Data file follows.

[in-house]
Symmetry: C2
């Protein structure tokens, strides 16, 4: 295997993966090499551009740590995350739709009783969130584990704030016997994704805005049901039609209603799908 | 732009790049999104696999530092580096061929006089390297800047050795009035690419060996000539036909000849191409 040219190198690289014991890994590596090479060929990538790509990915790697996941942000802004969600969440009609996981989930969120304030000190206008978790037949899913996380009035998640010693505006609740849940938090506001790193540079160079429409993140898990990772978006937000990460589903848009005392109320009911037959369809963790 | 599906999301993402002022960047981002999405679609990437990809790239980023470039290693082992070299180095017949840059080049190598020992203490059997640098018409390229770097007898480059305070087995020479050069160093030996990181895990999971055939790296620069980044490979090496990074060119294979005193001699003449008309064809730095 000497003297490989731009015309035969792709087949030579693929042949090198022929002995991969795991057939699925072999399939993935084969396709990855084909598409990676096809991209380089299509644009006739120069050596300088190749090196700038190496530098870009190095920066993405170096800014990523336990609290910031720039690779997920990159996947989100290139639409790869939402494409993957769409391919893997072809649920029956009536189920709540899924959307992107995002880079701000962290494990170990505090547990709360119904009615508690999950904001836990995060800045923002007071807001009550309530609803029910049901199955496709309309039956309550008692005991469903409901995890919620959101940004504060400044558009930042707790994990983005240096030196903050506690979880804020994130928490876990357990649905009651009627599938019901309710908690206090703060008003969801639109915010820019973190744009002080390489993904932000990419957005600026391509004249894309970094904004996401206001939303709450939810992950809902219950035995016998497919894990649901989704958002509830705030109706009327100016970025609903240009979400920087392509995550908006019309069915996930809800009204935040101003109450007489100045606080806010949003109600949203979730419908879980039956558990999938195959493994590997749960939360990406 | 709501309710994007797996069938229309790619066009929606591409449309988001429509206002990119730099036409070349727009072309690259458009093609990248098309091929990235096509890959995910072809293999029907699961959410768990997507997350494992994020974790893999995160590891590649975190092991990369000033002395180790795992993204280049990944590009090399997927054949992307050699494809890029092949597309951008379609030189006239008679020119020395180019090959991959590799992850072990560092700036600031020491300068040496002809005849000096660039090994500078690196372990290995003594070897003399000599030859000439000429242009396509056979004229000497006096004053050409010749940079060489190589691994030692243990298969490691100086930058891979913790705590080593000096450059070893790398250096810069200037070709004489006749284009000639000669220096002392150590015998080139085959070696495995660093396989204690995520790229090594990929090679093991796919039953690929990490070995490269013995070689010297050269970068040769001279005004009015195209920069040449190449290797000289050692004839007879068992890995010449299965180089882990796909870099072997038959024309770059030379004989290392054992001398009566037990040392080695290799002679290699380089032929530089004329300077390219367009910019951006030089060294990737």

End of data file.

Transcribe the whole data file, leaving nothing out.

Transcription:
[in-house]
Symmetry: C2
């Protein structure tokens, strides 16, 4: 295997993966090499551009740590995350739709009783969130584990704030016997994704805005049901039609209603799908 | 732009790049999104696999530092580096061929006089390297800047050795009035690419060996000539036909000849191409 040219190198690289014991890994590596090479060929990538790509990915790697996941942000802004969600969440009609996981989930969120304030000190206008978790037949899913996380009035998640010693505006609740849940938090506001790193540079160079429409993140898990990772978006937000990460589903848009005392109320009911037959369809963790 | 599906999301993402002022960047981002999405679609990437990809790239980023470039290693082992070299180095017949840059080049190598020992203490059997640098018409390229770097007898480059305070087995020479050069160093030996990181895990999971055939790296620069980044490979090496990074060119294979005193001699003449008309064809730095 000497003297490989731009015309035969792709087949030579693929042949090198022929002995991969795991057939699925072999399939993935084969396709990855084909598409990676096809991209380089299509644009006739120069050596300088190749090196700038190496530098870009190095920066993405170096800014990523336990609290910031720039690779997920990159996947989100290139639409790869939402494409993957769409391919893997072809649920029956009536189920709540899924959307992107995002880079701000962290494990170990505090547990709360119904009615508690999950904001836990995060800045923002007071807001009550309530609803029910049901199955496709309309039956309550008692005991469903409901995890919620959101940004504060400044558009930042707790994990983005240096030196903050506690979880804020994130928490876990357990649905009651009627599938019901309710908690206090703060008003969801639109915010820019973190744009002080390489993904932000990419957005600026391509004249894309970094904004996401206001939303709450939810992950809902219950035995016998497919894990649901989704958002509830705030109706009327100016970025609903240009979400920087392509995550908006019309069915996930809800009204935040101003109450007489100045606080806010949003109600949203979730419908879980039956558990999938195959493994590997749960939360990406 | 709501309710994007797996069938229309790619066009929606591409449309988001429509206002990119730099036409070349727009072309690259458009093609990248098309091929990235096509890959995910072809293999029907699961959410768990997507997350494992994020974790893999995160590891590649975190092991990369000033002395180790795992993204280049990944590009090399997927054949992307050699494809890029092949597309951008379609030189006239008679020119020395180019090959991959590799992850072990560092700036600031020491300068040496002809005849000096660039090994500078690196372990290995003594070897003399000599030859000439000429242009396509056979004229000497006096004053050409010749940079060489190589691994030692243990298969490691100086930058891979913790705590080593000096450059070893790398250096810069200037070709004489006749284009000639000669220096002392150590015998080139085959070696495995660093396989204690995520790229090594990929090679093991796919039953690929990490070995490269013995070689010297050269970068040769001279005004009015195209920069040449190449290797000289050692004839007879068992890995010449299965180089882990796909870099072997038959024309770059030379004989290392054992001398009566037990040392080695290799002679290699380089032929530089004329300077390219367009910019951006030089060294990737």